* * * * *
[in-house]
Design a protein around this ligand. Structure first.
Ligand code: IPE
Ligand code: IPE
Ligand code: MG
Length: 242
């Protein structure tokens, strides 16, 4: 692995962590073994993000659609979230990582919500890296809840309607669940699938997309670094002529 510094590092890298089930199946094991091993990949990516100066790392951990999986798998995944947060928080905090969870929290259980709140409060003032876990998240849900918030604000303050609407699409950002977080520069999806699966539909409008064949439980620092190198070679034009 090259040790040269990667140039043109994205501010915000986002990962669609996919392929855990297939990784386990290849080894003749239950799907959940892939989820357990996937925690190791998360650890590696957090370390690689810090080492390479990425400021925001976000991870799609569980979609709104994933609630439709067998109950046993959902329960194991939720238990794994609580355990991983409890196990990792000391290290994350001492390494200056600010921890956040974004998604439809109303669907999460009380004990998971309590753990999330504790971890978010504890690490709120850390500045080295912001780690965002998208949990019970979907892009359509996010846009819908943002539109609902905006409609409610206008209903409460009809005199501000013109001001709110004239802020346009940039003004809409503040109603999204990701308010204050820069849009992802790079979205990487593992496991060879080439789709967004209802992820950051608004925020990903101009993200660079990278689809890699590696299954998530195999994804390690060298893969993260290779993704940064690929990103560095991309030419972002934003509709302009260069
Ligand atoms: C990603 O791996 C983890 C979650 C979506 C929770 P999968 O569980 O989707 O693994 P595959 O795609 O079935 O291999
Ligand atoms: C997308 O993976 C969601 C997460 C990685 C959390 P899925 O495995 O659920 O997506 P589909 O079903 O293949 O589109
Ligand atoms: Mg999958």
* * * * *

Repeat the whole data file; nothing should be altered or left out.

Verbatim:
[in-house]
Design a protein around this ligand. Structure first.
Ligand code: IPE
Ligand code: IPE
Ligand code: MG
Length: 242
């Protein structure tokens, strides 16, 4: 692995962590073994993000659609979230990582919500890296809840309607669940699938997309670094002529 510094590092890298089930199946094991091993990949990516100066790392951990999986798998995944947060928080905090969870929290259980709140409060003032876990998240849900918030604000303050609407699409950002977080520069999806699966539909409008064949439980620092190198070679034009 090259040790040269990667140039043109994205501010915000986002990962669609996919392929855990297939990784386990290849080894003749239950799907959940892939989820357990996937925690190791998360650890590696957090370390690689810090080492390479990425400021925001976000991870799609569980979609709104994933609630439709067998109950046993959902329960194991939720238990794994609580355990991983409890196990990792000391290290994350001492390494200056600010921890956040974004998604439809109303669907999460009380004990998971309590753990999330504790971890978010504890690490709120850390500045080295912001780690965002998208949990019970979907892009359509996010846009819908943002539109609902905006409609409610206008209903409460009809005199501000013109001001709110004239802020346009940039003004809409503040109603999204990701308010204050820069849009992802790079979205990487593992496991060879080439789709967004209802992820950051608004925020990903101009993200660079990278689809890699590696299954998530195999994804390690060298893969993260290779993704940064690929990103560095991309030419972002934003509709302009260069
Ligand atoms: C990603 O791996 C983890 C979650 C979506 C929770 P999968 O569980 O989707 O693994 P595959 O795609 O079935 O291999
Ligand atoms: C997308 O993976 C969601 C997460 C990685 C959390 P899925 O495995 O659920 O997506 P589909 O079903 O293949 O589109
Ligand atoms: Mg999958």